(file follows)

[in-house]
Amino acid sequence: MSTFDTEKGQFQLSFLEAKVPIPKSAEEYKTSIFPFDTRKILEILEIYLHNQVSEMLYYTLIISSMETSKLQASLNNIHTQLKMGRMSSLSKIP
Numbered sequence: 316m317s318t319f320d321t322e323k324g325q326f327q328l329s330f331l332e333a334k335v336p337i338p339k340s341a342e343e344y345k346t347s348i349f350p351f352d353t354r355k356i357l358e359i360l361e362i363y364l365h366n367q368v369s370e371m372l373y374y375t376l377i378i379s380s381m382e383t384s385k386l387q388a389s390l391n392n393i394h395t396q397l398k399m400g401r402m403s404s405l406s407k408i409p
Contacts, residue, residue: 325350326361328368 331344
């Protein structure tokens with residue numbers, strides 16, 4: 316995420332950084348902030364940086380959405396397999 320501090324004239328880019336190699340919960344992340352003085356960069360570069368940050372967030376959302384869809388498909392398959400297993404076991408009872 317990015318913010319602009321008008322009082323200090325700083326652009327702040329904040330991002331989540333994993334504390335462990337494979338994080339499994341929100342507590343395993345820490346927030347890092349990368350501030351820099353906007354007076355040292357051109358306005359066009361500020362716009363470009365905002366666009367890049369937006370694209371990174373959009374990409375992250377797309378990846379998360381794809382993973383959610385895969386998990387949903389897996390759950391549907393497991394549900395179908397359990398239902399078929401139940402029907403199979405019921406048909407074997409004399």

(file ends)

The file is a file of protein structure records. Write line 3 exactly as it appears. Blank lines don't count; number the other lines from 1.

Numbered sequence: 316m317s318t319f320d321t322e323k324g325q326f327q328l329s330f331l332e333a334k335v336p337i338p339k340s341a342e343e344y345k346t347s348i349f350p351f352d353t354r355k356i357l358e359i360l361e362i363y364l365h366n367q368v369s370e371m372l373y374y375t376l377i378i379s380s381m382e383t384s385k386l387q388a389s390l391n392n393i394h395t396q397l398k399m400g401r402m403s404s405l406s407k408i409p